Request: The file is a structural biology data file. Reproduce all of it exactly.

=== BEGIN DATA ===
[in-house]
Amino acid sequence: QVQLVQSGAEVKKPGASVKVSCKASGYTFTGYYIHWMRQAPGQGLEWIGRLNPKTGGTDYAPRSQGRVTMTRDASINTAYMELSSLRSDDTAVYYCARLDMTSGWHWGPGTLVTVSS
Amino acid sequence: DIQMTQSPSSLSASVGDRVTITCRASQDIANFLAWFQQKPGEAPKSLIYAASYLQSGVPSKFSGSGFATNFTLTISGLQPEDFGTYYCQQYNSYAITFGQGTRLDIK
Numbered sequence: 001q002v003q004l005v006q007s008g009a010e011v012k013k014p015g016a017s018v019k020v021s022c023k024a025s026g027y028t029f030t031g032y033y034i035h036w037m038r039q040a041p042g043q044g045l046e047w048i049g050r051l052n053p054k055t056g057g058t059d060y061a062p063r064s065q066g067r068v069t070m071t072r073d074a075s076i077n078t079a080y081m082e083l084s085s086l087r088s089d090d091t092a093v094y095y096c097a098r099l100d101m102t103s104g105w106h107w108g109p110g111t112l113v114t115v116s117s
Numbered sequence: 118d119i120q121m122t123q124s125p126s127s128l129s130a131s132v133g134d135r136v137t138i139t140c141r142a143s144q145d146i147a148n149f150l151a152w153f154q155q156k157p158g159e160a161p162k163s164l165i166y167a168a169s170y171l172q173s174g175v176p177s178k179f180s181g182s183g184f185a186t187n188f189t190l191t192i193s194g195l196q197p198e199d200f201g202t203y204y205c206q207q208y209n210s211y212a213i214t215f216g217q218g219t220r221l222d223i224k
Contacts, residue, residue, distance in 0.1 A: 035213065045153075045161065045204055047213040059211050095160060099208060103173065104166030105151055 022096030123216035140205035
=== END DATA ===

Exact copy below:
[in-house]
Amino acid sequence: QVQLVQSGAEVKKPGASVKVSCKASGYTFTGYYIHWMRQAPGQGLEWIGRLNPKTGGTDYAPRSQGRVTMTRDASINTAYMELSSLRSDDTAVYYCARLDMTSGWHWGPGTLVTVSS
Amino acid sequence: DIQMTQSPSSLSASVGDRVTITCRASQDIANFLAWFQQKPGEAPKSLIYAASYLQSGVPSKFSGSGFATNFTLTISGLQPEDFGTYYCQQYNSYAITFGQGTRLDIK
Numbered sequence: 001q002v003q004l005v006q007s008g009a010e011v012k013k014p015g016a017s018v019k020v021s022c023k024a025s026g027y028t029f030t031g032y033y034i035h036w037m038r039q040a041p042g043q044g045l046e047w048i049g050r051l052n053p054k055t056g057g058t059d060y061a062p063r064s065q066g067r068v069t070m071t072r073d074a075s076i077n078t079a080y081m082e083l084s085s086l087r088s089d090d091t092a093v094y095y096c097a098r099l100d101m102t103s104g105w106h107w108g109p110g111t112l113v114t115v116s117s
Numbered sequence: 118d119i120q121m122t123q124s125p126s127s128l129s130a131s132v133g134d135r136v137t138i139t140c141r142a143s144q145d146i147a148n149f150l151a152w153f154q155q156k157p158g159e160a161p162k163s164l165i166y167a168a169s170y171l172q173s174g175v176p177s178k179f180s181g182s183g184f185a186t187n188f189t190l191t192i193s194g195l196q197p198e199d200f201g202t203y204y205c206q207q208y209n210s211y212a213i214t215f216g217q218g219t220r221l222d223i224k
Contacts, residue, residue, distance in 0.1 A: 035213065045153075045161065045204055047213040059211050095160060099208060103173065104166030105151055 022096030123216035140205035